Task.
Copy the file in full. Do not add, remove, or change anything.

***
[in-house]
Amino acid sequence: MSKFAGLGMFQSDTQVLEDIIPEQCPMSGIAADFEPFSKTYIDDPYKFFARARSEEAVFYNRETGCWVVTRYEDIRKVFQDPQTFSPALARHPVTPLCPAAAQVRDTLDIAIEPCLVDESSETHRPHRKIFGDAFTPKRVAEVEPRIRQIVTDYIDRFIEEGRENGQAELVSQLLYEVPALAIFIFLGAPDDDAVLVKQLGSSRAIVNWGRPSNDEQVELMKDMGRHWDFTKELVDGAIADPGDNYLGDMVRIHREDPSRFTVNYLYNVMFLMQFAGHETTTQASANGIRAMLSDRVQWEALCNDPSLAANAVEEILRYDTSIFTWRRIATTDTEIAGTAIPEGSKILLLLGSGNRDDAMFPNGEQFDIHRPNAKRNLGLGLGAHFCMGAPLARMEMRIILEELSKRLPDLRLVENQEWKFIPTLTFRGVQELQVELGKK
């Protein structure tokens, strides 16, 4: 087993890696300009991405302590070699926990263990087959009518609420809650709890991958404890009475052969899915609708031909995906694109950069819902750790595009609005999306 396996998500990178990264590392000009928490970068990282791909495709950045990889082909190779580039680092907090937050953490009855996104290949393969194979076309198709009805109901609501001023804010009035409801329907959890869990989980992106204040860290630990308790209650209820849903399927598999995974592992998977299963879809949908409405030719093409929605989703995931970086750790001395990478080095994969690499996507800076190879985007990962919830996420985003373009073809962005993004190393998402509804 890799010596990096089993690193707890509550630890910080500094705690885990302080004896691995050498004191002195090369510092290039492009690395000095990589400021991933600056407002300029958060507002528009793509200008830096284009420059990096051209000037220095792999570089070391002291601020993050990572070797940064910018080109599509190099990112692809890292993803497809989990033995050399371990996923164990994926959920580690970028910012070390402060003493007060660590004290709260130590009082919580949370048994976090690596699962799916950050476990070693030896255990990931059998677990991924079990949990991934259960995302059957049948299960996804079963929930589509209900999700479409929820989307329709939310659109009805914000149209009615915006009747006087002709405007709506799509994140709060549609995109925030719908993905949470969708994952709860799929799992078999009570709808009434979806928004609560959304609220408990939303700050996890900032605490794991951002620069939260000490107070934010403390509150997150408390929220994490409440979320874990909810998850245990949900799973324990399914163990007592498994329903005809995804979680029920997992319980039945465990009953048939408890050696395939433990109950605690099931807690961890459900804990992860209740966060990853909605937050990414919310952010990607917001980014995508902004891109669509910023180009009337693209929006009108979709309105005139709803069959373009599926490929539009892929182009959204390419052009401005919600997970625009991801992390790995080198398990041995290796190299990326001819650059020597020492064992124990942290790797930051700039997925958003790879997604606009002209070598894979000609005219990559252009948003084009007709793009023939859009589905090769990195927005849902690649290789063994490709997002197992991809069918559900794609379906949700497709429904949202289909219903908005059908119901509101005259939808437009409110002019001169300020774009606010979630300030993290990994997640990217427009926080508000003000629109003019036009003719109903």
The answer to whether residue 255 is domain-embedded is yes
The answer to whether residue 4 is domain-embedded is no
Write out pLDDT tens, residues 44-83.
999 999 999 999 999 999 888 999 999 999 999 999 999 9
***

[in-house]
Amino acid sequence: MSKFAGLGMFQSDTQVLEDIIPEQCPMSGIAADFEPFSKTYIDDPYKFFARARSEEAVFYNRETGCWVVTRYEDIRKVFQDPQTFSPALARHPVTPLCPAAAQVRDTLDIAIEPCLVDESSETHRPHRKIFGDAFTPKRVAEVEPRIRQIVTDYIDRFIEEGRENGQAELVSQLLYEVPALAIFIFLGAPDDDAVLVKQLGSSRAIVNWGRPSNDEQVELMKDMGRHWDFTKELVDGAIADPGDNYLGDMVRIHREDPSRFTVNYLYNVMFLMQFAGHETTTQASANGIRAMLSDRVQWEALCNDPSLAANAVEEILRYDTSIFTWRRIATTDTEIAGTAIPEGSKILLLLGSGNRDDAMFPNGEQFDIHRPNAKRNLGLGLGAHFCMGAPLARMEMRIILEELSKRLPDLRLVENQEWKFIPTLTFRGVQELQVELGKK
């Protein structure tokens, strides 16, 4: 087993890696300009991405302590070699926990263990087959009518609420809650709890991958404890009475052969899915609708031909995906694109950069819902750790595009609005999306 396996998500990178990264590392000009928490970068990282791909495709950045990889082909190779580039680092907090937050953490009855996104290949393969194979076309198709009805109901609501001023804010009035409801329907959890869990989980992106204040860290630990308790209650209820849903399927598999995974592992998977299963879809949908409405030719093409929605989703995931970086750790001395990478080095994969690499996507800076190879985007990962919830996420985003373009073809962005993004190393998402509804 890799010596990096089993690193707890509550630890910080500094705690885990302080004896691995050498004191002195090369510092290039492009690395000095990589400021991933600056407002300029958060507002528009793509200008830096284009420059990096051209000037220095792999570089070391002291601020993050990572070797940064910018080109599509190099990112692809890292993803497809989990033995050399371990996923164990994926959920580690970028910012070390402060003493007060660590004290709260130590009082919580949370048994976090690596699962799916950050476990070693030896255990990931059998677990991924079990949990991934259960995302059957049948299960996804079963929930589509209900999700479409929820989307329709939310659109009805914000149209009615915006009747006087002709405007709506799509994140709060549609995109925030719908993905949470969708994952709860799929799992078999009570709808009434979806928004609560959304609220408990939303700050996890900032605490794991951002620069939260000490107070934010403390509150997150408390929220994490409440979320874990909810998850245990949900799973324990399914163990007592498994329903005809995804979680029920997992319980039945465990009953048939408890050696395939433990109950605690099931807690961890459900804990992860209740966060990853909605937050990414919310952010990607917001980014995508902004891109669509910023180009009337693209929006009108979709309105005139709803069959373009599926490929539009892929182009959204390419052009401005919600997970625009991801992390790995080198398990041995290796190299990326001819650059020597020492064992124990942290790797930051700039997925958003790879997604606009002209070598894979000609005219990559252009948003084009007709793009023939859009589905090769990195927005849902690649290789063994490709997002197992991809069918559900794609379906949700497709429904949202289909219903908005059908119901509101005259939808437009409110002019001169300020774009606010979630300030993290990994997640990217427009926080508000003000629109003019036009003719109903």
The answer to whether residue 255 is domain-embedded is yes
The answer to whether residue 4 is domain-embedded is no
Write out pLDDT tens, residues 44-83.
999 999 999 999 999 999 888 999 999 999 999 999 999 9